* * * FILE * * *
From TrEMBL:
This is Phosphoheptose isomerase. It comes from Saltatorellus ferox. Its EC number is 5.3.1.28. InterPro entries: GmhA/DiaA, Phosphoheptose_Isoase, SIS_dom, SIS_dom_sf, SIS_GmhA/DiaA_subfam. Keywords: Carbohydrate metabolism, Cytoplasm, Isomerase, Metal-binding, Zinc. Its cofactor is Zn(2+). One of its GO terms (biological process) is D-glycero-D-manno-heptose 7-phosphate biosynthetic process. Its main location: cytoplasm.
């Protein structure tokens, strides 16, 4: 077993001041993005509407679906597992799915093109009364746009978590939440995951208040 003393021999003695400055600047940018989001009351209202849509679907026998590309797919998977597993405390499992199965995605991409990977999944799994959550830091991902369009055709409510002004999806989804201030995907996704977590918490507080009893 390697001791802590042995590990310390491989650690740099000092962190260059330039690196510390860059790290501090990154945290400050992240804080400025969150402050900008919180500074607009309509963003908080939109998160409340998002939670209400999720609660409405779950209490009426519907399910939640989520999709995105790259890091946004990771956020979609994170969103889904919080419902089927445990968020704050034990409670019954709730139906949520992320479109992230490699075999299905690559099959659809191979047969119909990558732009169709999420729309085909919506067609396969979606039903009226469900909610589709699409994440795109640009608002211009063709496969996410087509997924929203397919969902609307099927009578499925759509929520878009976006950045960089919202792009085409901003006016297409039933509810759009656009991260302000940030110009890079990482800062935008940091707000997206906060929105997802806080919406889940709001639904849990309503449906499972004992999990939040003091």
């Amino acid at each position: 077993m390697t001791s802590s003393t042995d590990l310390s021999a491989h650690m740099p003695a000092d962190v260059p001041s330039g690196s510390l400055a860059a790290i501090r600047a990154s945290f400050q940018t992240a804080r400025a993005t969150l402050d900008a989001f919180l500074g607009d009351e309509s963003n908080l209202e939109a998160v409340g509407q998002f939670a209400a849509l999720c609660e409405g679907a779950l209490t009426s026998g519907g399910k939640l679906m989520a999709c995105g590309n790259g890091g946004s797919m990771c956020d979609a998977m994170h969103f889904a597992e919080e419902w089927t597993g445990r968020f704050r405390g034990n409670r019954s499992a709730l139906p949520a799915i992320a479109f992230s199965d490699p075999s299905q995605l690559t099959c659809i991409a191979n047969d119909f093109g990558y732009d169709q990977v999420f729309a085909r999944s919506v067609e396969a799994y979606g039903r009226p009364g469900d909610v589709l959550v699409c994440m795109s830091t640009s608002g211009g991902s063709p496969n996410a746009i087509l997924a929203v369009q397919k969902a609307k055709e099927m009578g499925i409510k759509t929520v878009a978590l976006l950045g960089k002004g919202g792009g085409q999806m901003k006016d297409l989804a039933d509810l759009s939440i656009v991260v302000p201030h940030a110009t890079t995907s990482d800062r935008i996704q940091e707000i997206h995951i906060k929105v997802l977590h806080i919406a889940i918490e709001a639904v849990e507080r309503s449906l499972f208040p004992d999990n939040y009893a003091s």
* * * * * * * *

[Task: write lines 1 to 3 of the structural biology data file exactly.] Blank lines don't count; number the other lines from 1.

From TrEMBL:
This is Phosphoheptose isomerase. It comes from Saltatorellus ferox. Its EC number is 5.3.1.28. InterPro entries: GmhA/DiaA, Phosphoheptose_Isoase, SIS_dom, SIS_dom_sf, SIS_GmhA/DiaA_subfam. Keywords: Carbohydrate metabolism, Cytoplasm, Isomerase, Metal-binding, Zinc. Its cofactor is Zn(2+). One of its GO terms (biological process) is D-glycero-D-manno-heptose 7-phosphate biosynthetic process. Its main location: cytoplasm.
């Protein structure tokens, strides 16, 4: 077993001041993005509407679906597992799915093109009364746009978590939440995951208040 003393021999003695400055600047940018989001009351209202849509679907026998590309797919998977597993405390499992199965995605991409990977999944799994959550830091991902369009055709409510002004999806989804201030995907996704977590918490507080009893 390697001791802590042995590990310390491989650690740099000092962190260059330039690196510390860059790290501090990154945290400050992240804080400025969150402050900008919180500074607009309509963003908080939109998160409340998002939670209400999720609660409405779950209490009426519907399910939640989520999709995105790259890091946004990771956020979609994170969103889904919080419902089927445990968020704050034990409670019954709730139906949520992320479109992230490699075999299905690559099959659809191979047969119909990558732009169709999420729309085909919506067609396969979606039903009226469900909610589709699409994440795109640009608002211009063709496969996410087509997924929203397919969902609307099927009578499925759509929520878009976006950045960089919202792009085409901003006016297409039933509810759009656009991260302000940030110009890079990482800062935008940091707000997206906060929105997802806080919406889940709001639904849990309503449906499972004992999990939040003091």